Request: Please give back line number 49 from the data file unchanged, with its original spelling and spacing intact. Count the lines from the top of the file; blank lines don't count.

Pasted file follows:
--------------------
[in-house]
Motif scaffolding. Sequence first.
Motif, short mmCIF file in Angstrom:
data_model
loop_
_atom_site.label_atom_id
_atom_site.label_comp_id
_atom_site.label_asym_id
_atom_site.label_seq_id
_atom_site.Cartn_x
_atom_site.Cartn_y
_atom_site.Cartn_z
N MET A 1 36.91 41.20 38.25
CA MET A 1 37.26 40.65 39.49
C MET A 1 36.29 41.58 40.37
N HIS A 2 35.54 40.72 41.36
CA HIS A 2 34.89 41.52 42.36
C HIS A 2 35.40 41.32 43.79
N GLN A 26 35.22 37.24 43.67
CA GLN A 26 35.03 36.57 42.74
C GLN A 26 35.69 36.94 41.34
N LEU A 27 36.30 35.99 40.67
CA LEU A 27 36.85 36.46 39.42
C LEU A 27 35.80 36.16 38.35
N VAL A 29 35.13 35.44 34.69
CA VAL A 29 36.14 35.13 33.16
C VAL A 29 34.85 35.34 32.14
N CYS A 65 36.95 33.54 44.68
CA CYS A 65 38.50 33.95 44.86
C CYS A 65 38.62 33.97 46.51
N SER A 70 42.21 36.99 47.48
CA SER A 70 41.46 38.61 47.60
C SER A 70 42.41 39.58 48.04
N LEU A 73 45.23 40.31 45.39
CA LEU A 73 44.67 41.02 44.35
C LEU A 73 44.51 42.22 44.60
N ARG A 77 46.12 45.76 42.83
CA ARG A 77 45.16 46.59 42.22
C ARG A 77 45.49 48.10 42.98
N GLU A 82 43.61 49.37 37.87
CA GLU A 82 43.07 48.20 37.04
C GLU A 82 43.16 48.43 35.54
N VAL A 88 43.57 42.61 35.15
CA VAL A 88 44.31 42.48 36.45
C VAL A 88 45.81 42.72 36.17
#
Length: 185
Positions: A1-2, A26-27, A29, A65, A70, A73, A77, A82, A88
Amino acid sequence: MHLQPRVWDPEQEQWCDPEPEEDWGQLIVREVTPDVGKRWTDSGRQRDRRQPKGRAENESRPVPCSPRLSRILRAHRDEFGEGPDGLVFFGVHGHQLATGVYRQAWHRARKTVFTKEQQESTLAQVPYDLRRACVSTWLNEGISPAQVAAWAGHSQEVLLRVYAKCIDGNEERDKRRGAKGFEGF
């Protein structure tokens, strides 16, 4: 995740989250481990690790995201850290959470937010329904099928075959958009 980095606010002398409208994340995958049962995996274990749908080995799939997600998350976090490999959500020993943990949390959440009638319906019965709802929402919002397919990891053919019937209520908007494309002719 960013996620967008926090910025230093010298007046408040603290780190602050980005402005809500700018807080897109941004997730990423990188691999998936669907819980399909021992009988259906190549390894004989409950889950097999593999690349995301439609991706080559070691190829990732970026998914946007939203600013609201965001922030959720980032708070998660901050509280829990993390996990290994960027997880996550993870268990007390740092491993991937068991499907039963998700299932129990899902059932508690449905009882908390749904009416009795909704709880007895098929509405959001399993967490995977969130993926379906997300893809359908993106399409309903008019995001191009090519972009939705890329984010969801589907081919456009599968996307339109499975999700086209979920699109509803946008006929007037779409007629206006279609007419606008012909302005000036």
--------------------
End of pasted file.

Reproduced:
Amino acid sequence: MHLQPRVWDPEQEQWCDPEPEEDWGQLIVREVTPDVGKRWTDSGRQRDRRQPKGRAENESRPVPCSPRLSRILRAHRDEFGEGPDGLVFFGVHGHQLATGVYRQAWHRARKTVFTKEQQESTLAQVPYDLRRACVSTWLNEGISPAQVAAWAGHSQEVLLRVYAKCIDGNEERDKRRGAKGFEGF